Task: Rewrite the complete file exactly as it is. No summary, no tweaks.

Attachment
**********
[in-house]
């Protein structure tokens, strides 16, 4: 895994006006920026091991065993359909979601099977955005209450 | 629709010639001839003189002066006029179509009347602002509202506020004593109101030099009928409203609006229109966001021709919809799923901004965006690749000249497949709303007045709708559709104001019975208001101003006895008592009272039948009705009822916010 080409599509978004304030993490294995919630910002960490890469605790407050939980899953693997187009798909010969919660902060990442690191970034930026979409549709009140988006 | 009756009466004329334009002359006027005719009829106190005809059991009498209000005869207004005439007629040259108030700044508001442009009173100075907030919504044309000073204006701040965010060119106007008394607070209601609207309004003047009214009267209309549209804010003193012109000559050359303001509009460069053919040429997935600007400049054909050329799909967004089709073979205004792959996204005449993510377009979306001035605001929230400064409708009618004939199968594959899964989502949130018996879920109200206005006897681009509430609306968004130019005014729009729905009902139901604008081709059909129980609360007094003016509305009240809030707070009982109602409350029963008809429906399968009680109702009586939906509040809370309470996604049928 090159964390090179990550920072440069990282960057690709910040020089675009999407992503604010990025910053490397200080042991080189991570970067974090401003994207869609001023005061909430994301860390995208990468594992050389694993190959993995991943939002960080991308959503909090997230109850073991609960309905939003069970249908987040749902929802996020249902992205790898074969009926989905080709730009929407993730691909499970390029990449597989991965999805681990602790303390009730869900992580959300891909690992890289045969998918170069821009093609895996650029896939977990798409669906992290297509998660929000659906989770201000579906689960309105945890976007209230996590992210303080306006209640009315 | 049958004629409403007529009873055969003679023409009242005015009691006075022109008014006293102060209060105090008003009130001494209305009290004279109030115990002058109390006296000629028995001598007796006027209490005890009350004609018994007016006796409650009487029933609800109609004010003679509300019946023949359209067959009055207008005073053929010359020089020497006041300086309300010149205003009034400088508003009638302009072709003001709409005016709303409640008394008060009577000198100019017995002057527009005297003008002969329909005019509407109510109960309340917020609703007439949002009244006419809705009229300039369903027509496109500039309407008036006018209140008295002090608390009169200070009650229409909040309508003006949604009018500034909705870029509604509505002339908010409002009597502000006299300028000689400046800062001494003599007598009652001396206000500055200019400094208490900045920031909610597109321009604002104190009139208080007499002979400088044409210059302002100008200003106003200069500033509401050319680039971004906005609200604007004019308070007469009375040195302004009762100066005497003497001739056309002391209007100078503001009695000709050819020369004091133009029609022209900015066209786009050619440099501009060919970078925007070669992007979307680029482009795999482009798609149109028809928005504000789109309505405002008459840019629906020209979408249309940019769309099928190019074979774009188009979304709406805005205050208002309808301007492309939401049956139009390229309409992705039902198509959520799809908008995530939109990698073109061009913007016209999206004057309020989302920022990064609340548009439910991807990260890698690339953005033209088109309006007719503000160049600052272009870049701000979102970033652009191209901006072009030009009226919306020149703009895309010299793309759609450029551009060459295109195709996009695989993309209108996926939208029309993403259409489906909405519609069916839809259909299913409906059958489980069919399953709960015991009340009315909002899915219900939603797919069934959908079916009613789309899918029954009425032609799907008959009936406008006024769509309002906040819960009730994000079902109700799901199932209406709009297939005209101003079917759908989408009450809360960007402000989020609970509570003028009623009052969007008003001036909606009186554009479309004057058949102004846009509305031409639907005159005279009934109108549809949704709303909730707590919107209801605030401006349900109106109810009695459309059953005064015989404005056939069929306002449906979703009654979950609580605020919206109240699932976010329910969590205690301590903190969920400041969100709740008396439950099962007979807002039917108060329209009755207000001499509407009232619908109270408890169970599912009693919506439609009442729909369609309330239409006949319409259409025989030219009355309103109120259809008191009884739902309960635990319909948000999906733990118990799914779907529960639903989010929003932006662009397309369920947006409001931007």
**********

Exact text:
[in-house]
């Protein structure tokens, strides 16, 4: 895994006006920026091991065993359909979601099977955005209450 | 629709010639001839003189002066006029179509009347602002509202506020004593109101030099009928409203609006229109966001021709919809799923901004965006690749000249497949709303007045709708559709104001019975208001101003006895008592009272039948009705009822916010 080409599509978004304030993490294995919630910002960490890469605790407050939980899953693997187009798909010969919660902060990442690191970034930026979409549709009140988006 | 009756009466004329334009002359006027005719009829106190005809059991009498209000005869207004005439007629040259108030700044508001442009009173100075907030919504044309000073204006701040965010060119106007008394607070209601609207309004003047009214009267209309549209804010003193012109000559050359303001509009460069053919040429997935600007400049054909050329799909967004089709073979205004792959996204005449993510377009979306001035605001929230400064409708009618004939199968594959899964989502949130018996879920109200206005006897681009509430609306968004130019005014729009729905009902139901604008081709059909129980609360007094003016509305009240809030707070009982109602409350029963008809429906399968009680109702009586939906509040809370309470996604049928 090159964390090179990550920072440069990282960057690709910040020089675009999407992503604010990025910053490397200080042991080189991570970067974090401003994207869609001023005061909430994301860390995208990468594992050389694993190959993995991943939002960080991308959503909090997230109850073991609960309905939003069970249908987040749902929802996020249902992205790898074969009926989905080709730009929407993730691909499970390029990449597989991965999805681990602790303390009730869900992580959300891909690992890289045969998918170069821009093609895996650029896939977990798409669906992290297509998660929000659906989770201000579906689960309105945890976007209230996590992210303080306006209640009315 | 049958004629409403007529009873055969003679023409009242005015009691006075022109008014006293102060209060105090008003009130001494209305009290004279109030115990002058109390006296000629028995001598007796006027209490005890009350004609018994007016006796409650009487029933609800109609004010003679509300019946023949359209067959009055207008005073053929010359020089020497006041300086309300010149205003009034400088508003009638302009072709003001709409005016709303409640008394008060009577000198100019017995002057527009005297003008002969329909005019509407109510109960309340917020609703007439949002009244006419809705009229300039369903027509496109500039309407008036006018209140008295002090608390009169200070009650229409909040309508003006949604009018500034909705870029509604509505002339908010409002009597502000006299300028000689400046800062001494003599007598009652001396206000500055200019400094208490900045920031909610597109321009604002104190009139208080007499002979400088044409210059302002100008200003106003200069500033509401050319680039971004906005609200604007004019308070007469009375040195302004009762100066005497003497001739056309002391209007100078503001009695000709050819020369004091133009029609022209900015066209786009050619440099501009060919970078925007070669992007979307680029482009795999482009798609149109028809928005504000789109309505405002008459840019629906020209979408249309940019769309099928190019074979774009188009979304709406805005205050208002309808301007492309939401049956139009390229309409992705039902198509959520799809908008995530939109990698073109061009913007016209999206004057309020989302920022990064609340548009439910991807990260890698690339953005033209088109309006007719503000160049600052272009870049701000979102970033652009191209901006072009030009009226919306020149703009895309010299793309759609450029551009060459295109195709996009695989993309209108996926939208029309993403259409489906909405519609069916839809259909299913409906059958489980069919399953709960015991009340009315909002899915219900939603797919069934959908079916009613789309899918029954009425032609799907008959009936406008006024769509309002906040819960009730994000079902109700799901199932209406709009297939005209101003079917759908989408009450809360960007402000989020609970509570003028009623009052969007008003001036909606009186554009479309004057058949102004846009509305031409639907005159005279009934109108549809949704709303909730707590919107209801605030401006349900109106109810009695459309059953005064015989404005056939069929306002449906979703009654979950609580605020919206109240699932976010329910969590205690301590903190969920400041969100709740008396439950099962007979807002039917108060329209009755207000001499509407009232619908109270408890169970599912009693919506439609009442729909369609309330239409006949319409259409025989030219009355309103109120259809008191009884739902309960635990319909948000999906733990118990799914779907529960639903989010929003932006662009397309369920947006409001931007």